Your hotel has a 5-star rating, but you would be hard pressed to give it 3. The pool was closed evenings, the check-in clerk was surly and the last guest’s dirty socks were still in the dresser drawer.
Who assigned those stars, you wonder. The question is straightforward enough – the answer is a little murkier. If Michelin ranks a hotel a “4”, you can reasonably expect a certain level of service, but the reality is, no one body oversees all hotel ratings. In fact, it isn’t unusual for the same hotel to get 2 stars from one organization and 4 from another. Travel corporations, hotel associations, tourist boards and local governments all hand out stars. Some hotels even rate themselves – all in the name of selling rooms and scoring tourist dollars.
What’s more, each grading system looks for different things. Some are based on simple checklists of available amenities. Others involve anonymous inspectors who evaluate service. Still others, such as Canada’s package tour operators assign their own ratings to Southern sun destinations. The reason that 5 star hotel in Cuba didn’t measure up to its cousin in the Bahamas? According to Sue Cavallucci of Air Canada Vacations, it’s because ratings are based on the best-available facilities in each specific region.
Confused? You aren’t alone.
Until recently, aside from lodging a complaint with a manager, there was virtually nothing hotel guests could do about bad experiences. The Internet has changed all that. Now, thanks to travel blogs and consumer-driven websites like TripAdvisor, disgruntled travellers can speak up. The good news is hotel rating agencies are paying attention.
Susan Weinstock, editor of New Jersey-based Northstar Travel Media, says that guests beefing about bad service on the Internet can lead to hotels being re-evaluated. (Northstar began dishing out stars in 1939 and licenses the data for use by the travel industry. Their rating service covers over 51,000 properties worldwide.) If Northstar receives a complaint, company representatives investigate and offending hotels are demoted..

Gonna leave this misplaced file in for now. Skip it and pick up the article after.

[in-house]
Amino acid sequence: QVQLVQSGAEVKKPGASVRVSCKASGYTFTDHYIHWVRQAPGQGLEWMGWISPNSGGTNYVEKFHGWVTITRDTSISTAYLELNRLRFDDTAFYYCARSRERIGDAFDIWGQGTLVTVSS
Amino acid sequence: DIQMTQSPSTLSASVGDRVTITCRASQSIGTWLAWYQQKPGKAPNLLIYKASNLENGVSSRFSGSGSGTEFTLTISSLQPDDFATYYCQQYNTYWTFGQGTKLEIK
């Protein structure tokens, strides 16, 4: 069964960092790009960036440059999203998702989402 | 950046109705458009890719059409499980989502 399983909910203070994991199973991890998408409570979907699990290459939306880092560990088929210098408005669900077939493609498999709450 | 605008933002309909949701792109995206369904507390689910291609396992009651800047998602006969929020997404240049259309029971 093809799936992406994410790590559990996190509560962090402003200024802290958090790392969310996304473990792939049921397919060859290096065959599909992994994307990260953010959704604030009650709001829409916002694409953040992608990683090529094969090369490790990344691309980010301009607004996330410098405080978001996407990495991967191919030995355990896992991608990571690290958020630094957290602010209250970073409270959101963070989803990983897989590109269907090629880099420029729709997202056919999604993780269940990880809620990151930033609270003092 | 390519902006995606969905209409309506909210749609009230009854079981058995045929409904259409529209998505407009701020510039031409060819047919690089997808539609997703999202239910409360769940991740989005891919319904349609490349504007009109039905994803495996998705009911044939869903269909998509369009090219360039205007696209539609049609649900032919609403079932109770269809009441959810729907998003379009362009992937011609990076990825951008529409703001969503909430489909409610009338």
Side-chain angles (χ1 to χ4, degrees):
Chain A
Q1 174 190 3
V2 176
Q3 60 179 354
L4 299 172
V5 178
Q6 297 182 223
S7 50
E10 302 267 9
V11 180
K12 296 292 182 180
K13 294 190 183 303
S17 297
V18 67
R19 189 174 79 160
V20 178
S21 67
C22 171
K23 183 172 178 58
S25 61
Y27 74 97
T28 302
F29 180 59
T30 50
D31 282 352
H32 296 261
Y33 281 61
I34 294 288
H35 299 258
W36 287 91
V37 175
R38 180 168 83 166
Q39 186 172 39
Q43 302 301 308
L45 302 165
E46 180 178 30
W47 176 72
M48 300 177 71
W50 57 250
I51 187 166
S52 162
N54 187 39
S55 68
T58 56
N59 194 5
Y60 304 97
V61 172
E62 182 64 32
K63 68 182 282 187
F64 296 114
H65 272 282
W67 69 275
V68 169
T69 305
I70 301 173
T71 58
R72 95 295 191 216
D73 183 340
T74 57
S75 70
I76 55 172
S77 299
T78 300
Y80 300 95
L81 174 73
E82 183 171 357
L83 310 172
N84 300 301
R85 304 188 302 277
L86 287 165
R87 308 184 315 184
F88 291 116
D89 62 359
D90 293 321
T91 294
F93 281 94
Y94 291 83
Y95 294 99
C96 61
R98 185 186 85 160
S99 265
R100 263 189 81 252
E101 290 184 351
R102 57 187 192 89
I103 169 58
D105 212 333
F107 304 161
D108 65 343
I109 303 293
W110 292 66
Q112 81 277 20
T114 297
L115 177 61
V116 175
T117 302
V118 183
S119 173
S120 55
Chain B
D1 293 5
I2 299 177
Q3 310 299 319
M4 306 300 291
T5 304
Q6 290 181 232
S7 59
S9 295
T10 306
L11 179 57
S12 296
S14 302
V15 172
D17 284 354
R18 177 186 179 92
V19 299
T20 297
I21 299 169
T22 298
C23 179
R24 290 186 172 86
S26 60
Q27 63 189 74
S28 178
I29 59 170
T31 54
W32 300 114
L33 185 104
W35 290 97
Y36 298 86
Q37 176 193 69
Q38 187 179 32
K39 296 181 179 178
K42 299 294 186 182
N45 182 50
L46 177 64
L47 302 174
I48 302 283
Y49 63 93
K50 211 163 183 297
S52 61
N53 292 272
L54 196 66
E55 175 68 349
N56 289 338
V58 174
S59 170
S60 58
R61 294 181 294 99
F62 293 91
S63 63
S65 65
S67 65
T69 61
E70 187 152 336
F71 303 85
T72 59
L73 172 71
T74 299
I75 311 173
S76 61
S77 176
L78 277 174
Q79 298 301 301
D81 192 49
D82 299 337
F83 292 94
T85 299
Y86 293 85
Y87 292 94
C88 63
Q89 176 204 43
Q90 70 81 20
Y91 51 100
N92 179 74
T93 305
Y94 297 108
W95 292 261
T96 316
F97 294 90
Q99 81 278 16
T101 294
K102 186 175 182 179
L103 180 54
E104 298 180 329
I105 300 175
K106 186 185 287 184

Brian Simpson, general manager of Travelocity.ca agrees. He says that online retailers such as Travelocity often adjust North Star ratings up or down based on guest feedback. In his company’s case, hotels are assigned a score of 1 – 5 happy faces, in addition to stars, to rate customer satisfaction.
Travelocity’s rival, Expedia.ca consults with a variety of existing travel sources to compile its own 1-to-5 star ratings. According to Chris Day, Expedia’s director of marketing, these ratings are based on a property’s average score – which, you guessed it, is often based on customer feedback.
The people behind Mobile Travel Guide have been in the ratings game for 51 years. “We will react to guest feedback”, says Shane O’Flaherty, president. If a hotel slips up, it is dropped entirely, not simply demoted, he says. Florida-based AAA, which also gives 1-to-5-diamond ratings to Canadian hotels for the CAA, investigates complaints, but pays more attention to those from its 51 million auto club members than ones on the Internet, says Michel Mousseau, one of their regional inspection managers.
Yes, it’s all a little confusing. The moral of the story however, is that in today’s Internet age, if your hotel doesn’t live up to its rating, tell the world. Your gripes can eclipse its stars.
Photo Credits: Fotogma, Robyn Mackenzie